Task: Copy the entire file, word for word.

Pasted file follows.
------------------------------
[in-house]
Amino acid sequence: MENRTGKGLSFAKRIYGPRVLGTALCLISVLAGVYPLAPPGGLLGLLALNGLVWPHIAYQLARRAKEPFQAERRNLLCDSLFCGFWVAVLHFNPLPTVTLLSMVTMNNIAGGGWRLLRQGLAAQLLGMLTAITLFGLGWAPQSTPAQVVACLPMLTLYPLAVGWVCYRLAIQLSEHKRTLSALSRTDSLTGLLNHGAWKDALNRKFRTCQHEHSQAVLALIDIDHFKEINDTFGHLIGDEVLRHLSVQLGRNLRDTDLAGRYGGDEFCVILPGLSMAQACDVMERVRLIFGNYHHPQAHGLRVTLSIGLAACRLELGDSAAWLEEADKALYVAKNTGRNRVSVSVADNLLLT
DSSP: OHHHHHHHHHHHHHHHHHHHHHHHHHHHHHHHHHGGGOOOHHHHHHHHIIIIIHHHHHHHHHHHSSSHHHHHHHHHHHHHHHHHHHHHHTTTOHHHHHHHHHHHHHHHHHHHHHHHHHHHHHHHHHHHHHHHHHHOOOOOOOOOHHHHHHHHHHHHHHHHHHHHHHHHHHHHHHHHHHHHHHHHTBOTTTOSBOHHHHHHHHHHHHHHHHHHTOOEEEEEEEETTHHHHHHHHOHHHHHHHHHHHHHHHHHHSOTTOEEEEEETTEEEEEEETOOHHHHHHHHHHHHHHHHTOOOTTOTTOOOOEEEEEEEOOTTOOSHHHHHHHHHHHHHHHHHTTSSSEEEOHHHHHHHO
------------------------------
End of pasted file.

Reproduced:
[in-house]
Amino acid sequence: MENRTGKGLSFAKRIYGPRVLGTALCLISVLAGVYPLAPPGGLLGLLALNGLVWPHIAYQLARRAKEPFQAERRNLLCDSLFCGFWVAVLHFNPLPTVTLLSMVTMNNIAGGGWRLLRQGLAAQLLGMLTAITLFGLGWAPQSTPAQVVACLPMLTLYPLAVGWVCYRLAIQLSEHKRTLSALSRTDSLTGLLNHGAWKDALNRKFRTCQHEHSQAVLALIDIDHFKEINDTFGHLIGDEVLRHLSVQLGRNLRDTDLAGRYGGDEFCVILPGLSMAQACDVMERVRLIFGNYHHPQAHGLRVTLSIGLAACRLELGDSAAWLEEADKALYVAKNTGRNRVSVSVADNLLLT
DSSP: OHHHHHHHHHHHHHHHHHHHHHHHHHHHHHHHHHGGGOOOHHHHHHHHIIIIIHHHHHHHHHHHSSSHHHHHHHHHHHHHHHHHHHHHHTTTOHHHHHHHHHHHHHHHHHHHHHHHHHHHHHHHHHHHHHHHHHHOOOOOOOOOHHHHHHHHHHHHHHHHHHHHHHHHHHHHHHHHHHHHHHHHTBOTTTOSBOHHHHHHHHHHHHHHHHHHTOOEEEEEEEETTHHHHHHHHOHHHHHHHHHHHHHHHHHHSOTTOEEEEEETTEEEEEEETOOHHHHHHHHHHHHHHHHTOOOTTOTTOOOOEEEEEEEOOTTOOSHHHHHHHHHHHHHHHHHTTSSSEEEOHHHHHHHO